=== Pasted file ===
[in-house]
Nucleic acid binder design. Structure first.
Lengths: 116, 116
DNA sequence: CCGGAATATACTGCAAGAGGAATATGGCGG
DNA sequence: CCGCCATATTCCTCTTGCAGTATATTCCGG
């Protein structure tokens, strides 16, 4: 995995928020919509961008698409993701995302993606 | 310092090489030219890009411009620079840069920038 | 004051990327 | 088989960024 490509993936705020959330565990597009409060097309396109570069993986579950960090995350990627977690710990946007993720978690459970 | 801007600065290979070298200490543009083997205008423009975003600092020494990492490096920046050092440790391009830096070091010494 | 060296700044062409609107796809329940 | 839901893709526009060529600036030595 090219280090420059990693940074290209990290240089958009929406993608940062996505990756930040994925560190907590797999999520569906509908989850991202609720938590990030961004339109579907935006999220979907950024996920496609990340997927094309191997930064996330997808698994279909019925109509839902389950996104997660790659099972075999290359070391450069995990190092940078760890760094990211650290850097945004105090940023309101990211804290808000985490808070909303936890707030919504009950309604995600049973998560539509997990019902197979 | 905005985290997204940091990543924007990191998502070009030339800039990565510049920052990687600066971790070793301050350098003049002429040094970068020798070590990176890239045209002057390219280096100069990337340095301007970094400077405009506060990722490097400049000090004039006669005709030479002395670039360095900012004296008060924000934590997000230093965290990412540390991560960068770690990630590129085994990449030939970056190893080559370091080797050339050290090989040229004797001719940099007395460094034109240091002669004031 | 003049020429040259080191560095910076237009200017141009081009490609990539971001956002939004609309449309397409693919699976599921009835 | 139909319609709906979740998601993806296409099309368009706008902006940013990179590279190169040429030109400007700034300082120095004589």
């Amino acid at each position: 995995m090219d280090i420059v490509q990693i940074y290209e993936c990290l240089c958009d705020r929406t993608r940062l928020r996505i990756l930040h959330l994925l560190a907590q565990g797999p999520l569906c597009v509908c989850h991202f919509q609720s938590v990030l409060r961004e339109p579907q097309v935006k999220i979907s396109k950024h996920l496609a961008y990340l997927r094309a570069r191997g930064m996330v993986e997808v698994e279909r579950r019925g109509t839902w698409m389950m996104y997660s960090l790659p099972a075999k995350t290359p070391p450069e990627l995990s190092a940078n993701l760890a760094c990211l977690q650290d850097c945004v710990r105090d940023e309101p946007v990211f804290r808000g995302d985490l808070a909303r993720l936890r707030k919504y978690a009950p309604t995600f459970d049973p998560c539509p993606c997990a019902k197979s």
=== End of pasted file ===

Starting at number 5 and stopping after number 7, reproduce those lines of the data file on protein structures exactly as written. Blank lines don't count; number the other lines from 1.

DNA sequence: CCGCCATATTCCTCTTGCAGTATATTCCGG
């Protein structure tokens, strides 16, 4: 995995928020919509961008698409993701995302993606 | 310092090489030219890009411009620079840069920038 | 004051990327 | 088989960024 490509993936705020959330565990597009409060097309396109570069993986579950960090995350990627977690710990946007993720978690459970 | 801007600065290979070298200490543009083997205008423009975003600092020494990492490096920046050092440790391009830096070091010494 | 060296700044062409609107796809329940 | 839901893709526009060529600036030595 090219280090420059990693940074290209990290240089958009929406993608940062996505990756930040994925560190907590797999999520569906509908989850991202609720938590990030961004339109579907935006999220979907950024996920496609990340997927094309191997930064996330997808698994279909019925109509839902389950996104997660790659099972075999290359070391450069995990190092940078760890760094990211650290850097945004105090940023309101990211804290808000985490808070909303936890707030919504009950309604995600049973998560539509997990019902197979 | 905005985290997204940091990543924007990191998502070009030339800039990565510049920052990687600066971790070793301050350098003049002429040094970068020798070590990176890239045209002057390219280096100069990337340095301007970094400077405009506060990722490097400049000090004039006669005709030479002395670039360095900012004296008060924000934590997000230093965290990412540390991560960068770690990630590129085994990449030939970056190893080559370091080797050339050290090989040229004797001719940099007395460094034109240091002669004031 | 003049020429040259080191560095910076237009200017141009081009490609990539971001956002939004609309449309397409693919699976599921009835 | 139909319609709906979740998601993806296409099309368009706008902006940013990179590279190169040429030109400007700034300082120095004589």
């Amino acid at each position: 995995m090219d280090i420059v490509q990693i940074y290209e993936c990290l240089c958009d705020r929406t993608r940062l928020r996505i990756l930040h959330l994925l560190a907590q565990g797999p999520l569906c597009v509908c989850h991202f919509q609720s938590v990030l409060r961004e339109p579907q097309v935006k999220i979907s396109k950024h996920l496609a961008y990340l997927r094309a570069r191997g930064m996330v993986e997808v698994e279909r579950r019925g109509t839902w698409m389950m996104y997660s960090l790659p099972a075999k995350t290359p070391p450069e990627l995990s190092a940078n993701l760890a760094c990211l977690q650290d850097c945004v710990r105090d940023e309101p946007v990211f804290r808000g995302d985490l808070a909303r993720l936890r707030k919504y978690a009950p309604t995600f459970d049973p998560c539509p993606c997990a019902k197979s």